Duct tape can be your best friend on the trail. Wrap some around a lighter or water bottle to save space in your pack. Duct tape can be used for quick repairs, blisters, and even tick removal. However, it’s also best to have a small bag of first-aid supplies in case things really get messy.
Ziploc bags can be used for waste, sorting gear, storing food, collecting emergency water, to waterproof your phone or camera. We recommend bringing 5-6 on any hiking trip, just in case.
6. Love Your Feet and Listen to Your Body
Hiking takes a huge toll on your body, especially your feet. To keep your feet happy and comfortable throughout your trek, it’s a good idea to invest in a good, durable and breathable hiking sock.
When your body needs a slower pace or a break on the trail, LISTEN. Pushing through and toughing it out might cause unwanted injuries and pain later on. When you’re planning your hike make sure to allot yourself time and a flexible schedule so you can take breaks when you need them the most. Remember it’s NOT a race.
7. Trekking Poles
Trekking poles can be used for balance during your hike to and from the summit. Depending on where you’re hiking, make sure to be careful around lose ground or rock that you could slip on. That being said, walk softly and carefully.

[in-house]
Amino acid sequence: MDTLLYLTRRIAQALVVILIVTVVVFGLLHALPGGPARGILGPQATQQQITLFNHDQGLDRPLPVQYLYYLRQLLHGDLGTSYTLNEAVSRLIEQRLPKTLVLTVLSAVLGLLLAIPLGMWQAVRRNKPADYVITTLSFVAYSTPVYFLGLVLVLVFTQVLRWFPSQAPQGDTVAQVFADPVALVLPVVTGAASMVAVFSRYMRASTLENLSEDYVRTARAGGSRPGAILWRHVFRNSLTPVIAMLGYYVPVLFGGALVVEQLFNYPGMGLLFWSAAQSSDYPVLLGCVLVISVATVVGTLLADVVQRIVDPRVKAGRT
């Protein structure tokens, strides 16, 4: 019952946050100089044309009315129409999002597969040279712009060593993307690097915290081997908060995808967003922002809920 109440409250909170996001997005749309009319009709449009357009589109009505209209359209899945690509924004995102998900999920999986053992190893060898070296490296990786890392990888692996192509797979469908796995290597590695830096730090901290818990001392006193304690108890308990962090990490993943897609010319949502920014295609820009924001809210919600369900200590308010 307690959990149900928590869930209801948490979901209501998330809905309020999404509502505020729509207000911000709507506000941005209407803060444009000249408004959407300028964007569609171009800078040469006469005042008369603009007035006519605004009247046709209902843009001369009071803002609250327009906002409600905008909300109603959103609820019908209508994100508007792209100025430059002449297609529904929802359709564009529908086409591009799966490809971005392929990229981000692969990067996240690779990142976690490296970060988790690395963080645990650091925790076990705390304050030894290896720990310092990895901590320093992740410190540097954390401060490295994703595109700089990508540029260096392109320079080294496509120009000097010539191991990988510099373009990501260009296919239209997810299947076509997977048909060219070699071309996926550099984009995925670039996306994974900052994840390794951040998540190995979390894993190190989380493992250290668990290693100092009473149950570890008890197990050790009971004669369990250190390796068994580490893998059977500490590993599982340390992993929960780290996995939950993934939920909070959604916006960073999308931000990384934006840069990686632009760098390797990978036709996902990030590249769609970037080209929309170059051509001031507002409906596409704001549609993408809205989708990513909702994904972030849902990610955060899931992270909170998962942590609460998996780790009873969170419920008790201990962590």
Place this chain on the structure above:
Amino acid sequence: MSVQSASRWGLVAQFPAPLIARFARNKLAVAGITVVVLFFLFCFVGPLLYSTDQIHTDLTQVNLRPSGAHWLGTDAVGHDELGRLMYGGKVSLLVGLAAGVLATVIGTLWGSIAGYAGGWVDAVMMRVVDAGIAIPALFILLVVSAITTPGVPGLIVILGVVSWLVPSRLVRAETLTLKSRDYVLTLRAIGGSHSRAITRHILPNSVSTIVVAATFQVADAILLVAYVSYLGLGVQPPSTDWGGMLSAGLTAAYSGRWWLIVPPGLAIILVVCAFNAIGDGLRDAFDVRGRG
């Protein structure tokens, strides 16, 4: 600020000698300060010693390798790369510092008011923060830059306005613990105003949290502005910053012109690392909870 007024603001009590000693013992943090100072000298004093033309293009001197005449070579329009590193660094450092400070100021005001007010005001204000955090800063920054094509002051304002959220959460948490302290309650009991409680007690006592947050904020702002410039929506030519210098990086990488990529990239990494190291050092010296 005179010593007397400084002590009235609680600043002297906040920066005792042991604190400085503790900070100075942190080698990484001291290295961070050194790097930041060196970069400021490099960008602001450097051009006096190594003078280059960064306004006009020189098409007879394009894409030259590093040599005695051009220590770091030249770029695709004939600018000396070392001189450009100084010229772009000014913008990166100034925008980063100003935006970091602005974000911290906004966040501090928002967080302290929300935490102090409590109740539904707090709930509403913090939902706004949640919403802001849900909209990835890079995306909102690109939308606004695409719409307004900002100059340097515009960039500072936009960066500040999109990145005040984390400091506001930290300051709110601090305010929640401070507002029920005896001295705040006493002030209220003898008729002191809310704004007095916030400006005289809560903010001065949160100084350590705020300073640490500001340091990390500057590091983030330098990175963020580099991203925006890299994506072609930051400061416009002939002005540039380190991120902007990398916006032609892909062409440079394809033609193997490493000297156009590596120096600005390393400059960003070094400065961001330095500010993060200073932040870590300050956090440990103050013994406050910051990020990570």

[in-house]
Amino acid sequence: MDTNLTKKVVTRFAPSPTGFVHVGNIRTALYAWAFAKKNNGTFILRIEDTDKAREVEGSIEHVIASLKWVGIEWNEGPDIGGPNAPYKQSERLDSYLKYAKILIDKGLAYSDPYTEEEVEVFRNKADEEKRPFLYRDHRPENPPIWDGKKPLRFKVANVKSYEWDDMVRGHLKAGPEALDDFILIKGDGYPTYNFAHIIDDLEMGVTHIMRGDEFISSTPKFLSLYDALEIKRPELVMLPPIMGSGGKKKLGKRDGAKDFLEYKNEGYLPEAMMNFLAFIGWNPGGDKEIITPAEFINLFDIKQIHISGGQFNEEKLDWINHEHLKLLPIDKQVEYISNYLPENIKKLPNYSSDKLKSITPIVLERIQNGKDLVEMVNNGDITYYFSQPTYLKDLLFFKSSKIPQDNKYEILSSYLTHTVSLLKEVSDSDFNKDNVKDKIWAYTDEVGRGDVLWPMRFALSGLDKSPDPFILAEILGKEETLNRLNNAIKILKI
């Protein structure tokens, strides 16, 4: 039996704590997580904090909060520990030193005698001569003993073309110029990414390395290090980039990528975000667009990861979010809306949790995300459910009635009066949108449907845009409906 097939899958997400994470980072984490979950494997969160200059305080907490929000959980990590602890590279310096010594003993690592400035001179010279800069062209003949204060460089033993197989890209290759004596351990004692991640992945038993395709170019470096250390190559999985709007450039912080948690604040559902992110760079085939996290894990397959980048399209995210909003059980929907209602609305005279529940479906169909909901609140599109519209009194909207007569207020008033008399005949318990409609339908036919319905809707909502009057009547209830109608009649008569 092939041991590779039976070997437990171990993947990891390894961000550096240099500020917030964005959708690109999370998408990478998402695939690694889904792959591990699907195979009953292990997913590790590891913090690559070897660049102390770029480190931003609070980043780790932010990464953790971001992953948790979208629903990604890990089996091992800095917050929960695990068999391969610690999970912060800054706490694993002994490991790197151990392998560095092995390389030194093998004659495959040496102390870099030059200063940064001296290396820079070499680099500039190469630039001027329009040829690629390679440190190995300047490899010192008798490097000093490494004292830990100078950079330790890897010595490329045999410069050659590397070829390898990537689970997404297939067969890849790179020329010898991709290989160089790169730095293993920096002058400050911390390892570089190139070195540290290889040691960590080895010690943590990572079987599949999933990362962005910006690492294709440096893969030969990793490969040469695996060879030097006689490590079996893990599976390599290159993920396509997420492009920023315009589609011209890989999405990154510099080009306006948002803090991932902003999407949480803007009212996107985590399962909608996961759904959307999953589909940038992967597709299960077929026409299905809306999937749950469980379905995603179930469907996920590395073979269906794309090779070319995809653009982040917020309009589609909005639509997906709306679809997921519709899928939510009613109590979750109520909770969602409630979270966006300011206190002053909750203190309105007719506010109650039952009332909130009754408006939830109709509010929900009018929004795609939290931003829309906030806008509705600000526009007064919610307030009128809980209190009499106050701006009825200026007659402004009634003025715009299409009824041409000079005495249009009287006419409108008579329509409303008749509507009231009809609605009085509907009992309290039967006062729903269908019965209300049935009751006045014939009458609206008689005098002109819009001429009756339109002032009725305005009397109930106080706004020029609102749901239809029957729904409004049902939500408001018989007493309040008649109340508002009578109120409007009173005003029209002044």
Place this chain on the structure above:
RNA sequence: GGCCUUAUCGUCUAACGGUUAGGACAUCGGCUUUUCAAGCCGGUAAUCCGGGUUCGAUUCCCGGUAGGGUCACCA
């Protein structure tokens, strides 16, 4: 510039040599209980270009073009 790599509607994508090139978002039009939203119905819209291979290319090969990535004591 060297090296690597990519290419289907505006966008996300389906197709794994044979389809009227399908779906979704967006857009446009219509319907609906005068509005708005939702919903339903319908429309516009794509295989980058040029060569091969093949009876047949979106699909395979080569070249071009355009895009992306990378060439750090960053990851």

Whether you’re heading up or heading down, trekking poles can help reduce the impact and fatigue on leg muscles and joints, as well as your lower back. They also act as a support system to reduce your risk of tripping or falling.
8. Snack Often
Don’t be afraid to snack on the trails. You’re going to need the fuel to help keep you going. After all, you are enduring a pretty intense workout. Don’t forget to pack them at the top of your pack or somewhere where they are easily accessible when you need them.
9. Stay Hydrated
Make sure to drink water regularly while you’re trekking to stay hydrated. This helps combat muscle soreness and the effects of the hot sun (if you’re hiking in the summer) and the high elevations. We recommend taking a drink about every 15-20 minutes.
It’s also wise to bring a powdered drink mix to drink in the afternoon or when you reach camp to help rehydrate and replenish electrolytes. It will help you feel better too!
Ditch the wasteful plastic and bring along a reusable bottle or canister to store your liquids and food.
10. Estimate the Time of Sunset
If you’re in the backcountry we’re just going to go ahead and assume you don’t have your iPhone (or service) to estimate the sunset for you. In this case, when you haven’t yet reached camp and you’re worried about getting there before dark, we’ve got you covered.
To estimate the time the sun is going to set, hold your hand up horizontally towards the sky with your fingers touching and cover the sun with your thumb. Each one of your fingers becomes 15 minutes. Using this you can calculate how long until the sun will drop below the horizon or behind a mountain.
Don’t forget about your trail etiquette adventurers! Visit our post on trail etiquette to find out which groups have the right of way on the trails.
As long as you prepare for your hike (both mentally and physically), do your research, and pack lightly, you’ll be golden. Happy hiking!